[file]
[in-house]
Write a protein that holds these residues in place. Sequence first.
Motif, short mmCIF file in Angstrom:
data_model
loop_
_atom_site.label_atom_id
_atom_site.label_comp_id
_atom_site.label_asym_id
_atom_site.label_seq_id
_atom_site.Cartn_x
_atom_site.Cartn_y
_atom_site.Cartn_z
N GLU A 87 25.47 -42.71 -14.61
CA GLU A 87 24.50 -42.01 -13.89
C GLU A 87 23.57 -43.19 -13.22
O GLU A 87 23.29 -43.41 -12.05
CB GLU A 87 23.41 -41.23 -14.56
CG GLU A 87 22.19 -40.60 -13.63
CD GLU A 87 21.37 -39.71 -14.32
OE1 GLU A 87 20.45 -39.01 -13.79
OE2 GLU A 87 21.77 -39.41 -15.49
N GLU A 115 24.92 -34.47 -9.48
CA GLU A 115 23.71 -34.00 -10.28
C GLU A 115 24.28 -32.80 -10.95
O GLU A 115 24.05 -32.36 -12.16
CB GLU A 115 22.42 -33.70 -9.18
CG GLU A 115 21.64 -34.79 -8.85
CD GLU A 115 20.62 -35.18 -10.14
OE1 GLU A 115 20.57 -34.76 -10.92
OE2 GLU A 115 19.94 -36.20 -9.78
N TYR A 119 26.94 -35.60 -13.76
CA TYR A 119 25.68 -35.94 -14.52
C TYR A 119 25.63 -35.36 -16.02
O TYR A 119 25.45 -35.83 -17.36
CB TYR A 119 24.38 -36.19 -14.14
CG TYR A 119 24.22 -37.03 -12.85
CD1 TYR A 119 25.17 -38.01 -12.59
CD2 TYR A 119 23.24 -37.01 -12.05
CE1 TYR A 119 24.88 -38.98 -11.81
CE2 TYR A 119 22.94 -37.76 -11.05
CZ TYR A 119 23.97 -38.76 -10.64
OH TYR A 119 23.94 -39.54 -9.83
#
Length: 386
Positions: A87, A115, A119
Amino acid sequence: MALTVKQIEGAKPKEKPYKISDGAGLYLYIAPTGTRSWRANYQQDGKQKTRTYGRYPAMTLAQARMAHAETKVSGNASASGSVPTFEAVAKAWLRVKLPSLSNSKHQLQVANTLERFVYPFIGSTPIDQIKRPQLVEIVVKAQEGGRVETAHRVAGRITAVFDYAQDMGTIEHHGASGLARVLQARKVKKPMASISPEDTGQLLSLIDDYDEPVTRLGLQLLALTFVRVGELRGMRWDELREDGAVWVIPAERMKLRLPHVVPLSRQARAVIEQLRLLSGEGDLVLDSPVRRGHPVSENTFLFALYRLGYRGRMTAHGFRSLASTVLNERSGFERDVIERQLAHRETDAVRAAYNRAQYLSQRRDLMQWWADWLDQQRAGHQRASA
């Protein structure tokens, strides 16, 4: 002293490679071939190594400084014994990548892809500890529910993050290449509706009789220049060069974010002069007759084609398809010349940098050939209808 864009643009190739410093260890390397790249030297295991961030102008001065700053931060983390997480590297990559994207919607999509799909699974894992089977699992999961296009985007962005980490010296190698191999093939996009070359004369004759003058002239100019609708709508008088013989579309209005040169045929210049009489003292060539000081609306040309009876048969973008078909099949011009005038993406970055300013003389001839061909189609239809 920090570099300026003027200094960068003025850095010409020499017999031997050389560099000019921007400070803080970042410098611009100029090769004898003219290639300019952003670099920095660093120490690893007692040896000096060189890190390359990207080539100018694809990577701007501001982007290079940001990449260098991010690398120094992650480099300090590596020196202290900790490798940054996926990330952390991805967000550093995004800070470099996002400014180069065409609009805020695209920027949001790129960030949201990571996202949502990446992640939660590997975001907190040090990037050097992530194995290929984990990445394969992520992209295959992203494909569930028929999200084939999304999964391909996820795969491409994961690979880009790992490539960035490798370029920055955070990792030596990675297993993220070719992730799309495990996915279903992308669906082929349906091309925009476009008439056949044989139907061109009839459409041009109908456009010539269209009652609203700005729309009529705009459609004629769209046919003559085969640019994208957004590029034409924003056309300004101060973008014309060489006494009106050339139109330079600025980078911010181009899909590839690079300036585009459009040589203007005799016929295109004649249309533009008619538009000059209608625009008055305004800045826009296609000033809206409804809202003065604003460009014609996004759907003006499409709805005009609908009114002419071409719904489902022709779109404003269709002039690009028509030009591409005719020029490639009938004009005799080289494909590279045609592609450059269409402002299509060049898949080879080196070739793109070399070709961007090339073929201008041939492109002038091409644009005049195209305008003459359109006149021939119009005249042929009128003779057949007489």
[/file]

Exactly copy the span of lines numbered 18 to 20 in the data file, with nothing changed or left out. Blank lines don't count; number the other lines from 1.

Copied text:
CG GLU A 87 22.19 -40.60 -13.63
CD GLU A 87 21.37 -39.71 -14.32
OE1 GLU A 87 20.45 -39.01 -13.79